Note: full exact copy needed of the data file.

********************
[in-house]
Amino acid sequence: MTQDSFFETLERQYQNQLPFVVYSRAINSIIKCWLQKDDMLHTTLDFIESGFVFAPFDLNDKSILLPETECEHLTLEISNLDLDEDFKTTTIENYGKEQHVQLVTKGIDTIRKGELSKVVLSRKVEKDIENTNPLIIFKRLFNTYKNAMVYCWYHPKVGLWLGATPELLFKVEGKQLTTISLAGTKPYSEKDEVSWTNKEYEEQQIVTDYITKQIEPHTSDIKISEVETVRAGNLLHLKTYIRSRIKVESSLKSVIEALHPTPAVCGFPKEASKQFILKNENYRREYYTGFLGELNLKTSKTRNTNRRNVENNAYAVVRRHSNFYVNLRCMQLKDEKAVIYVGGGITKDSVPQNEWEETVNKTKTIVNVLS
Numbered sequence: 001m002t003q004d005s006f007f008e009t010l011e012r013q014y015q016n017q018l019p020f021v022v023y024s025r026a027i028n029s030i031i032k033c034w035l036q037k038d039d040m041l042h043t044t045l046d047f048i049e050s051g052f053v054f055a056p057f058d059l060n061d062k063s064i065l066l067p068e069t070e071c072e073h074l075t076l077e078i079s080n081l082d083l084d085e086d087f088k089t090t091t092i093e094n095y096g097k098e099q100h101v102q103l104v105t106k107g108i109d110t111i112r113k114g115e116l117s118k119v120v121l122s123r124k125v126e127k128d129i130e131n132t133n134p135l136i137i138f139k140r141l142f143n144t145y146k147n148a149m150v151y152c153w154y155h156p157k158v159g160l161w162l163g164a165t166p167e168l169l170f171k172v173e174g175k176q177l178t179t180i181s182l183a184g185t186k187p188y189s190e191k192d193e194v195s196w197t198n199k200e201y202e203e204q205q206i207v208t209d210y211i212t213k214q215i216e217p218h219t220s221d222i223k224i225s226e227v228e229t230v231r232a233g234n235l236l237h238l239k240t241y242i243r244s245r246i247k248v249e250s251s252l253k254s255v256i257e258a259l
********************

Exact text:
[in-house]
Amino acid sequence: MTQDSFFETLERQYQNQLPFVVYSRAINSIIKCWLQKDDMLHTTLDFIESGFVFAPFDLNDKSILLPETECEHLTLEISNLDLDEDFKTTTIENYGKEQHVQLVTKGIDTIRKGELSKVVLSRKVEKDIENTNPLIIFKRLFNTYKNAMVYCWYHPKVGLWLGATPELLFKVEGKQLTTISLAGTKPYSEKDEVSWTNKEYEEQQIVTDYITKQIEPHTSDIKISEVETVRAGNLLHLKTYIRSRIKVESSLKSVIEALHPTPAVCGFPKEASKQFILKNENYRREYYTGFLGELNLKTSKTRNTNRRNVENNAYAVVRRHSNFYVNLRCMQLKDEKAVIYVGGGITKDSVPQNEWEETVNKTKTIVNVLS
Numbered sequence: 001m002t003q004d005s006f007f008e009t010l011e012r013q014y015q016n017q018l019p020f021v022v023y024s025r026a027i028n029s030i031i032k033c034w035l036q037k038d039d040m041l042h043t044t045l046d047f048i049e050s051g052f053v054f055a056p057f058d059l060n061d062k063s064i065l066l067p068e069t070e071c072e073h074l075t076l077e078i079s080n081l082d083l084d085e086d087f088k089t090t091t092i093e094n095y096g097k098e099q100h101v102q103l104v105t106k107g108i109d110t111i112r113k114g115e116l117s118k119v120v121l122s123r124k125v126e127k128d129i130e131n132t133n134p135l136i137i138f139k140r141l142f143n144t145y146k147n148a149m150v151y152c153w154y155h156p157k158v159g160l161w162l163g164a165t166p167e168l169l170f171k172v173e174g175k176q177l178t179t180i181s182l183a184g185t186k187p188y189s190e191k192d193e194v195s196w197t198n199k200e201y202e203e204q205q206i207v208t209d210y211i212t213k214q215i216e217p218h219t220s221d222i223k224i225s226e227v228e229t230v231r232a233g234n235l236l237h238l239k240t241y242i243r244s245r246i247k248v249e250s251s252l253k254s255v256i257e258a259l